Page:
With summer here wild animals sightings may increase

15 Jun 2011 | Lance Cpl. Barrera

Every summer, wild animals are seen more often than any other season. From the smallest squirrel to the black bear, they also want to enjoy the warm weather, which sometimes brings humans and wild animals closer than most wish.

“This time of year we receive a lot of calls concerning injured animals or nuisances, and sometimes it can lead to interaction,” said Kevin Driscoll, a fish and wildlife technician with Land and Wildlife Resources Section, Environmental Conservation Branch, Environmental Management Division, Marine Corps Base Camp Lejeune.

Driscoll added that feeding wild animals is highly discouraged.

“They lose their fear of people, can return looking for more food and may become a nuisance,” said Driscoll. “Things like bird feeders, unsecured trash cans and pet food can also be seen as an invitation for free food.”

If a service member or dependent does have a bird feeder it is recommended that they buy a squirrel proof feeder, which will help deter the pesky rodents.

“If you have your pet food and water outside, take that in once they’re done, if left outside it is an invitation to various animals,” said Driscoll. “The same for trash. Make sure bags are closed and when placed in the trash can that it is secured. Squirrels and raccoons would love an opportunity for easy food.”

Wild animals, unlike pets who have been vaccinated, can also be carriers of many diseases such as rabies. Driscoll stated that rabies is the chief disease with many mammals. Foxes, bats, skunks and squirrels can all be carriers. It is recommended that pets stay on a leash or in a fenced-in area.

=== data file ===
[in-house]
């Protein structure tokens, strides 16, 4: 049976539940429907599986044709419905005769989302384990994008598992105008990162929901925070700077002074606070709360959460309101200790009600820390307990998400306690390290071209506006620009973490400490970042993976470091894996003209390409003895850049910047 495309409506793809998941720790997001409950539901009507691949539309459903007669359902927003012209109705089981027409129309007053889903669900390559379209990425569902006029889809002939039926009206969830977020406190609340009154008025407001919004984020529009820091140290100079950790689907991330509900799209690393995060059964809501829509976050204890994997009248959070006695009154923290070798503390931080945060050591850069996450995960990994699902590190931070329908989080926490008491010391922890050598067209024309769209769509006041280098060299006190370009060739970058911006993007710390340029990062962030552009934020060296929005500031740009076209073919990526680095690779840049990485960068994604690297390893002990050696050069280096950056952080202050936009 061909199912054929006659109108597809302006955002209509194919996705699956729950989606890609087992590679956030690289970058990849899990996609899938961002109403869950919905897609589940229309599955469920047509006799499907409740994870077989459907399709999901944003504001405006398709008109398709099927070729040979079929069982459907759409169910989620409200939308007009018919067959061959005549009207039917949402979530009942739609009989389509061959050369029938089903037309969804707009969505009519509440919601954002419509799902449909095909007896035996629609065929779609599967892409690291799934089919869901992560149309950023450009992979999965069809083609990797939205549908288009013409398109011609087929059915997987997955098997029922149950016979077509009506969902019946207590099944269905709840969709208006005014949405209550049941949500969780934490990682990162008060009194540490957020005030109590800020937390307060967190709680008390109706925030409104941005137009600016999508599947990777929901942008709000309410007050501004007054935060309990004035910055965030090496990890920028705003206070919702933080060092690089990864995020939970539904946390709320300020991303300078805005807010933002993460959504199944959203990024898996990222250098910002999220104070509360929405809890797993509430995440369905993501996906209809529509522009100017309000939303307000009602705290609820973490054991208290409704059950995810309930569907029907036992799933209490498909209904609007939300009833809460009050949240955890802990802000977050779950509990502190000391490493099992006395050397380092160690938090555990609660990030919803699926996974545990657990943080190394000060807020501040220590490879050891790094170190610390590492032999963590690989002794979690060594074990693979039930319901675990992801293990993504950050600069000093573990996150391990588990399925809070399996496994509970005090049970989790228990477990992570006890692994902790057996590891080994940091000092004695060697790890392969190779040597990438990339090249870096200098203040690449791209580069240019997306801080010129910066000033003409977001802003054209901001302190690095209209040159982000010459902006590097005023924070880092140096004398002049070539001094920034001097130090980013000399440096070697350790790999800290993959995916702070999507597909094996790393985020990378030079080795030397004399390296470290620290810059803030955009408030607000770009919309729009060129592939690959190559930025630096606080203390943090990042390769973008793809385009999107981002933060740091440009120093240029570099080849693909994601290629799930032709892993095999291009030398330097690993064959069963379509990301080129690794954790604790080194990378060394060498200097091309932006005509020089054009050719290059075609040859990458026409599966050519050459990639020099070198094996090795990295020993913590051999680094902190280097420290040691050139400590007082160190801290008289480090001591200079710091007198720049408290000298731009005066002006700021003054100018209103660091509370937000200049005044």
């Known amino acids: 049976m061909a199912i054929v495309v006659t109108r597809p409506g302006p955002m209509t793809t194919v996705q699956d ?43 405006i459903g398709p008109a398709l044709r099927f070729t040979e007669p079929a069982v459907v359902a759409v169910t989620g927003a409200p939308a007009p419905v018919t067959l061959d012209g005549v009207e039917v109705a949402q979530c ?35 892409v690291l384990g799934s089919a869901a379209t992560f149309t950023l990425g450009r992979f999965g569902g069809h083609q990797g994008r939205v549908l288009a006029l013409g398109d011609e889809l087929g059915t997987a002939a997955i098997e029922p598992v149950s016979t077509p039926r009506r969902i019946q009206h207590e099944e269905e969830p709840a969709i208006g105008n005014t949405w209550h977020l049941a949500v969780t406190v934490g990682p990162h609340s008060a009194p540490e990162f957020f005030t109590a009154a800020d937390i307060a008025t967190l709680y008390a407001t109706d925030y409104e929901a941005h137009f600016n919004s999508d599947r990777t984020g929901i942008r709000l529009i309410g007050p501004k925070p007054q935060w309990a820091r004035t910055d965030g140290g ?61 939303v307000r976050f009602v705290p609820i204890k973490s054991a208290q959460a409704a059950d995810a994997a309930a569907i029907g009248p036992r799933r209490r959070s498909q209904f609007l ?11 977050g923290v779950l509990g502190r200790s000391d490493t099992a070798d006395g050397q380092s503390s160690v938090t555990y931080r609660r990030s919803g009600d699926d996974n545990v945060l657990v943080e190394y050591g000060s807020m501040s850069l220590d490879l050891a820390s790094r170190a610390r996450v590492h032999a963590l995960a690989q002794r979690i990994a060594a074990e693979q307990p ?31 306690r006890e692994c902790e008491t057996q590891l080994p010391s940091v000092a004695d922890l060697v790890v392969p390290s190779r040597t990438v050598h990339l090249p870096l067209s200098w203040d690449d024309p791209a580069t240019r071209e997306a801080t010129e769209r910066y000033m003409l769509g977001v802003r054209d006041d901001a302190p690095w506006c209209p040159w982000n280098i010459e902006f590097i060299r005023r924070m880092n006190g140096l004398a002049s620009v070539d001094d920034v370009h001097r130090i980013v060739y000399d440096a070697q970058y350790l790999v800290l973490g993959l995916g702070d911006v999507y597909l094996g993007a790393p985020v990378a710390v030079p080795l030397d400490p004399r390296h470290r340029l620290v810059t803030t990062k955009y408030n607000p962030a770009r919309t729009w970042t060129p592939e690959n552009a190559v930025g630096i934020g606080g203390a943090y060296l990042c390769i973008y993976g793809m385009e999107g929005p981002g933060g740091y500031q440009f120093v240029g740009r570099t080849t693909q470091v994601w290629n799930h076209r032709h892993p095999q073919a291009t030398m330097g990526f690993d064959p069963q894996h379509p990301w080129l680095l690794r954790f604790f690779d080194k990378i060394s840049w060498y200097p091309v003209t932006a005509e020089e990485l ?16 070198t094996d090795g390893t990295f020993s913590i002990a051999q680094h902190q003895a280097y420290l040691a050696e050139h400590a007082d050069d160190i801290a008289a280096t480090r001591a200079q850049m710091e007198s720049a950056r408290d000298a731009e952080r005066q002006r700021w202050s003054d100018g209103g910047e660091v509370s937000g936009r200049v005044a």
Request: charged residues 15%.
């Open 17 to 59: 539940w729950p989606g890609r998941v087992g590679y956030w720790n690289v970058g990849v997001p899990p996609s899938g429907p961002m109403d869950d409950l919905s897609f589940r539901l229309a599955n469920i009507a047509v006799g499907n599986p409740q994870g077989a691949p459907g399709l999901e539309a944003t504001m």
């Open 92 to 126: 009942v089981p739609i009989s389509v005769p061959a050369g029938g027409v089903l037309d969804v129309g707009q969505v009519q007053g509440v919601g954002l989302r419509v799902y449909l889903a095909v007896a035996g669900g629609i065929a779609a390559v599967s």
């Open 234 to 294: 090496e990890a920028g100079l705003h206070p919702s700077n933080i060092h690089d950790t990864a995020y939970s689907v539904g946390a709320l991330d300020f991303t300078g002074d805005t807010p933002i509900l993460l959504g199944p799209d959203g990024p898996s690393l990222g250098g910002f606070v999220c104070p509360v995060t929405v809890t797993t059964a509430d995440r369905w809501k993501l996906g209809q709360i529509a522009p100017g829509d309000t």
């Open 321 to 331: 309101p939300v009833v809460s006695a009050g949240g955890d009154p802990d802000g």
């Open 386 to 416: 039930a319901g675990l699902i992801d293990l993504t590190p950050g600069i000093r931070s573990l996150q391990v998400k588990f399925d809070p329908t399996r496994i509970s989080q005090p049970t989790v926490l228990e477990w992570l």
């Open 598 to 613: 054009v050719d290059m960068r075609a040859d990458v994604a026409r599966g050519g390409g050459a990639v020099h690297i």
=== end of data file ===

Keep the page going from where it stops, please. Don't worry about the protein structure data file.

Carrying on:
This time of year is also when many baby birds start learning to fly and fawns are left alone while their mothers venture to forage for food. If baby birds have fallen from their nest, it is recommended to remove pets, children and any hazards from the area until the bird leaves. For fawns, people can check up on them the next day and if the animal is distressed or making noise, then they can call the environmental conservation branch, the conservation law enforcement office or animal control if it is a domesticated animal.

MCB Camp Lejeune is also home to many dangerous animals as well. A variety of snakes, alligators and the black bear all call the base home. Base personnel are strongly urged to leave these type of animals alone, especially if they are sick or injured as they may pose a more serious threat.

“We’ve had alligators near Marston Pavilion, the Wallace Creek area and even Orde Pond,” said Driscoll. “Camp Lejeune also has a variety of snakes, some poisonous. If anyone is bitten by an animal, I recommend they go to the emergency room just to be safe.”

To report a wild animal that is a nuisance, danger, or injured, call the Environmental Management Division at 451-5063 or on weekends and after hours call the Conservation Law Enforcement Office at 451-2916.